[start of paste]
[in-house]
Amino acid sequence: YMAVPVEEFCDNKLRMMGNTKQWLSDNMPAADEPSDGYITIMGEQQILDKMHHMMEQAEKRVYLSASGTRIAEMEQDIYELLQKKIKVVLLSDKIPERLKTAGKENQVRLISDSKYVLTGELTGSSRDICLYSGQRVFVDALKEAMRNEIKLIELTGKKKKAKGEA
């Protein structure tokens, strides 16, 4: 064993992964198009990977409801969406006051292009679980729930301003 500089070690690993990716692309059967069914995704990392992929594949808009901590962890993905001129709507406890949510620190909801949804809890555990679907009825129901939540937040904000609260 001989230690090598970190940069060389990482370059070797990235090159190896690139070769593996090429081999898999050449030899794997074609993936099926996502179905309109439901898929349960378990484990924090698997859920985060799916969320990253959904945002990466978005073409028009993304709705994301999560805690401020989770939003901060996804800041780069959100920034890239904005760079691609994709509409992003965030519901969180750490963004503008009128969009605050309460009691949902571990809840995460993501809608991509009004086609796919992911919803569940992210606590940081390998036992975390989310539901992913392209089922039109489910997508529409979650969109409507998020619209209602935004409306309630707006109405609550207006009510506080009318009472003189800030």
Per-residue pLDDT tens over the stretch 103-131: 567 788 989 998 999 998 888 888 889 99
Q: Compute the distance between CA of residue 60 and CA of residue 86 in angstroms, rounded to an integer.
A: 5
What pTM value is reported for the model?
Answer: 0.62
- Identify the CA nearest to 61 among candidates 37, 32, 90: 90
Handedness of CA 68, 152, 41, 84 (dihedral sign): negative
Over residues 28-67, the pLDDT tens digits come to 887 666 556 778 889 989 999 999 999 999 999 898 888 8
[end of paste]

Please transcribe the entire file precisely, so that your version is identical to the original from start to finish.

[in-house]
Amino acid sequence: YMAVPVEEFCDNKLRMMGNTKQWLSDNMPAADEPSDGYITIMGEQQILDKMHHMMEQAEKRVYLSASGTRIAEMEQDIYELLQKKIKVVLLSDKIPERLKTAGKENQVRLISDSKYVLTGELTGSSRDICLYSGQRVFVDALKEAMRNEIKLIELTGKKKKAKGEA
């Protein structure tokens, strides 16, 4: 064993992964198009990977409801969406006051292009679980729930301003 500089070690690993990716692309059967069914995704990392992929594949808009901590962890993905001129709507406890949510620190909801949804809890555990679907009825129901939540937040904000609260 001989230690090598970190940069060389990482370059070797990235090159190896690139070769593996090429081999898999050449030899794997074609993936099926996502179905309109439901898929349960378990484990924090698997859920985060799916969320990253959904945002990466978005073409028009993304709705994301999560805690401020989770939003901060996804800041780069959100920034890239904005760079691609994709509409992003965030519901969180750490963004503008009128969009605050309460009691949902571990809840995460993501809608991509009004086609796919992911919803569940992210606590940081390998036992975390989310539901992913392209089922039109489910997508529409979650969109409507998020619209209602935004409306309630707006109405609550207006009510506080009318009472003189800030």
Per-residue pLDDT tens over the stretch 103-131: 567 788 989 998 999 998 888 888 889 99
Q: Compute the distance between CA of residue 60 and CA of residue 86 in angstroms, rounded to an integer.
A: 5
What pTM value is reported for the model?
Answer: 0.62
- Identify the CA nearest to 61 among candidates 37, 32, 90: 90
Handedness of CA 68, 152, 41, 84 (dihedral sign): negative
Over residues 28-67, the pLDDT tens digits come to 887 666 556 778 889 989 999 999 999 999 999 898 888 8